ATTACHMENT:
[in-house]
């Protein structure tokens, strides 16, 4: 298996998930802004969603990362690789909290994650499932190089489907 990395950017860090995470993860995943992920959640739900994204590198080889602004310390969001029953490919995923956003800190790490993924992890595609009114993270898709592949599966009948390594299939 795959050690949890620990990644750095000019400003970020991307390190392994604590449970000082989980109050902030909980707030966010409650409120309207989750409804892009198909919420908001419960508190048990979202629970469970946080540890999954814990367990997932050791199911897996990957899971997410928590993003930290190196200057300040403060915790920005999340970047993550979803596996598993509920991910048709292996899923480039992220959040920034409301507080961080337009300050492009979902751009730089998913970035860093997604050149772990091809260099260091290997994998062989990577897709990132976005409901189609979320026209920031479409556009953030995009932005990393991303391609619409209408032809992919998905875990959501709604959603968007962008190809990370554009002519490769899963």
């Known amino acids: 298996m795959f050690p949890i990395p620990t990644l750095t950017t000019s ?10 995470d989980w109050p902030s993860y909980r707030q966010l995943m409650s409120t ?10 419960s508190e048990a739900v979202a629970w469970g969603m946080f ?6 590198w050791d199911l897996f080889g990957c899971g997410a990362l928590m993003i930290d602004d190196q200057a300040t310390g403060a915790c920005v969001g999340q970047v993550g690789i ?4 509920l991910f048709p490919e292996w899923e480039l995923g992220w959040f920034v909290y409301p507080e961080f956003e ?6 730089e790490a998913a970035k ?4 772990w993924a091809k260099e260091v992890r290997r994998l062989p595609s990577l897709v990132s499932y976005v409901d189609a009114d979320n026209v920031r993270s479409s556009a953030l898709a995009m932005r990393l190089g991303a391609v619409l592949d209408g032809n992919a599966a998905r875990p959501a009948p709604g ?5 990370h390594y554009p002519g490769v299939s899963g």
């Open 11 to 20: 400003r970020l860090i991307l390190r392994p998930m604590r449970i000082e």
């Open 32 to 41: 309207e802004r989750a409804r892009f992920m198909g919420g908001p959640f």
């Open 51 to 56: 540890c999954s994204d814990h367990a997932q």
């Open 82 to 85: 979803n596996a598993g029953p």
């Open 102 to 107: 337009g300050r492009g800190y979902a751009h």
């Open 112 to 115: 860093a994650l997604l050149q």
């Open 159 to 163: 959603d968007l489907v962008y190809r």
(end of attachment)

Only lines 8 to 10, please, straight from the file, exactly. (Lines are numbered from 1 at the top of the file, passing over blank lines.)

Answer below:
């Open 102 to 107: 337009g300050r492009g800190y979902a751009h």
């Open 112 to 115: 860093a994650l997604l050149q």
């Open 159 to 163: 959603d968007l489907v962008y190809r």